With many cinemagoers up in arms at finding themselves watching inferior electronic screenings of movies rather than the 35mm film of old, must we give up our celluloid dreams?
Yes, although it shouldn't be at the cost of the quality of the movie-watching experience.
Nor is it going to happen overnight. But with Hollywood studios providing the impetus, digital technology is guaranteed to change the face of cinema.
Anyone with misgivings can be pretty confident that they won't have to put up with the poor quality of some of today's E-Cinema screenings for long, as high-quality digital - or D-Cinema - spreads.
E-Cinema is the low-rent end of digital cinema, although it's still capable of very good quality.
The difference between E and D is that the studios - Disney, Fox, Paramount, Sony, Universal and Warner Bros - have created a standards body, Digital Cinema Initiatives (DCI), to ensure that D-Cinema's reputation for quality is kept intact.
No such standard exists for E-Cinema, which encompasses systems as basic as a DVD player hooked up to a data projector, just as many people have at home.
Although a set-up like that might be fine in your lounge, when projecting images on a screen of more than about 2m, pixelation can ruin the experience.
Dozens of Auckland cinema patrons showed their intolerance of poor-quality digital pictures and sound in postings last month on the Herald website.
That moved John Davies, part-owner of Auckland's Academy cinema, to write a detailed explanation of E-Cinema on the Academy site. For one thing, it's rare for a cinema projection system to use standard DVDs (the Academy's 16-seat Encore theatre plays DVDs, but not for much longer - it is about to be upgraded).
More typically, E-Cinemas have a media server that stores and plays back a movie as a computer file, through a digital projector that is more powerful than the home-theatre type.
The Academy's main theatre has a 35mm film projector and a top-of-the-line E-Cinema system.
E-Cinema has some compelling advantages. Like a vinyl LP, every time a film is played its quality is slightly degraded. But when a movie is stored and played as an electronic file, it will be just as good the thousandth time it's viewed as it was the first time.
Also, Davies points out, movies can be much more readily distributed electronically than as reels of film.
That has two benefits. It means that arthouse films, for instance, can be economically screened for small audiences, since a computer file is cheap to transport. And it means tens of thousands of reels of celluloid aren't ending up in landfills at the end of a film's run.
If that's not enough to persuade movie buffs of the virtues of E-Cinema, it probably doesn't matter, since its higher-quality sibling, D-Cinema, is on the way. D-Cinema, like E-Cinema, relies on a media server and digital projector.
Hoyts has opened the country's first DCI-compliant cinema at Sylvia Park and, says Glen Bullen, whose Auckland family firm has been selling projection systems for 50 years, one in Wellington is expected by the end of the year.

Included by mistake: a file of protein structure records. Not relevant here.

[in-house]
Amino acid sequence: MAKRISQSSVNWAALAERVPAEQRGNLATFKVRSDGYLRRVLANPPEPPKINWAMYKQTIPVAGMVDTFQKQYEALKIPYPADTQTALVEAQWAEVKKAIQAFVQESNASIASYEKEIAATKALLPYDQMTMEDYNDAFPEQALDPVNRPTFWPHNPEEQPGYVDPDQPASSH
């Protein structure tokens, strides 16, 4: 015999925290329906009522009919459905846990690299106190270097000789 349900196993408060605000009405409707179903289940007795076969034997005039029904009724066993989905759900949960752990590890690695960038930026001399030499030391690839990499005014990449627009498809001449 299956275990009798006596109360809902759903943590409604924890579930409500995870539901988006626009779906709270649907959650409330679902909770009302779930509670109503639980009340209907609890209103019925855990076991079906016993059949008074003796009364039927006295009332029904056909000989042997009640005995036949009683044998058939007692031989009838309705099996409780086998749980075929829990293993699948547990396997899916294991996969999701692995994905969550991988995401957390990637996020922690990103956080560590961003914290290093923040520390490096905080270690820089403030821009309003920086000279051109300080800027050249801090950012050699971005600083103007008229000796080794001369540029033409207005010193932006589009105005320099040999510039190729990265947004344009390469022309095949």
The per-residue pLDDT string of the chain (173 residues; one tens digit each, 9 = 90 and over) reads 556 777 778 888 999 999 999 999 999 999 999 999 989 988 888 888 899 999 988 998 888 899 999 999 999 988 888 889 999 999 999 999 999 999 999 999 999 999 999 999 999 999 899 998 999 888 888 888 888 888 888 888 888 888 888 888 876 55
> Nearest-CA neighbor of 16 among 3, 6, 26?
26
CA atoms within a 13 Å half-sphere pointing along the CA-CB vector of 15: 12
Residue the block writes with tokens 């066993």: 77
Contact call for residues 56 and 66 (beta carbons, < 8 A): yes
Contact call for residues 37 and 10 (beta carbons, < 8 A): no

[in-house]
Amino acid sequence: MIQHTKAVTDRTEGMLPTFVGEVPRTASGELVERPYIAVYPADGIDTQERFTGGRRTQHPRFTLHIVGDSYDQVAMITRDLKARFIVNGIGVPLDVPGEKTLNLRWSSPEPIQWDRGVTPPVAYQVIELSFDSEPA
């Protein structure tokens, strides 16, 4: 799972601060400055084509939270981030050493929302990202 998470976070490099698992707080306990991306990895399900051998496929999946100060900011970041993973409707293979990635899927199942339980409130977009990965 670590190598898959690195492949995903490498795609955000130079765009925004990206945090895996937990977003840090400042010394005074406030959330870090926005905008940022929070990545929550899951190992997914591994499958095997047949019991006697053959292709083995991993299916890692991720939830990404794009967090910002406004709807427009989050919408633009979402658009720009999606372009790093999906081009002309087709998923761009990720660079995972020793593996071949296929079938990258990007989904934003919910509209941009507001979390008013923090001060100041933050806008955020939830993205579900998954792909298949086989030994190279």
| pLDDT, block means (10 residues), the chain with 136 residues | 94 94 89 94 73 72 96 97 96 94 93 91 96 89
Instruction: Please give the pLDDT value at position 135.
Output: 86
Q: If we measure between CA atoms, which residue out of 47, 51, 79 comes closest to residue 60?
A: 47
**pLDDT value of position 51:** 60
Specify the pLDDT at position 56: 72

SkyCity Cinemas is also considering D-Cinema gear for its Albany and Manukau cinemas, which will open next year.
It's been a long time coming - the DCI came up with its standard more than two years ago - because it costs a packet.
Davies said the Academy would be up for $250,000 to convert its main theatre to D-Cinema. And that equipment might be obsolete within five years, making it a marginal proposition.
A 35mm projector costs $50,000 and although D-Cinema quality is as good as film - as a side-by-side comparison staged by Bullen at Epsom's Lido cinema last month demonstrated - personal preference is the final arbiter.
Davies voted for the digital form of the demo movie Conversations With My Gardener, finding it clearer and the colour more realistic than the 35mm film version preferred by the Lido owner.
But there will be no stopping D-Cinema, which is being driven by the studios' desire to cut distribution costs.
Ultimately, Bullen says, cinemas will take delivery of movies through a satellite feed. Until then they will be distributed as 300GB computer files.
That doesn't mean film will become extinct. Bullen continues to sell 35mm projectors and a good film print is hard to beat. D-Cinema wins in consistency but cost will limit its adoption.
What sort of rating does it get from a reviewer?
Simon Morris, who presents At the Movies on Radio New Zealand National, says film versus digital is a rerun of the vinyl versus CD debate. "The thing about CDs is that you get amazing clarity, but sometimes amazing clarity isn't the point of the exercise."
Rather than be a purist about it, Morris says what counts for him at a movie screening is that the reels be shown in the right order. With digital, there's no chance of disappointment on that score.
* Anthony Doesburg is an Auckland-based technology journalist
* Major studios formed Digital Cinema Initiatives to set standards for digital movie projection.
* New Zealand's first DCI-compliant cinema has opened at Sylvia Park.
* Advantages include elimination of wear and tear on film, and lower distribution costs.
* Ultimately, movies could be downloaded by satellite.
* The cost of converting to digital means 35mm film is likely to be around for a while yet.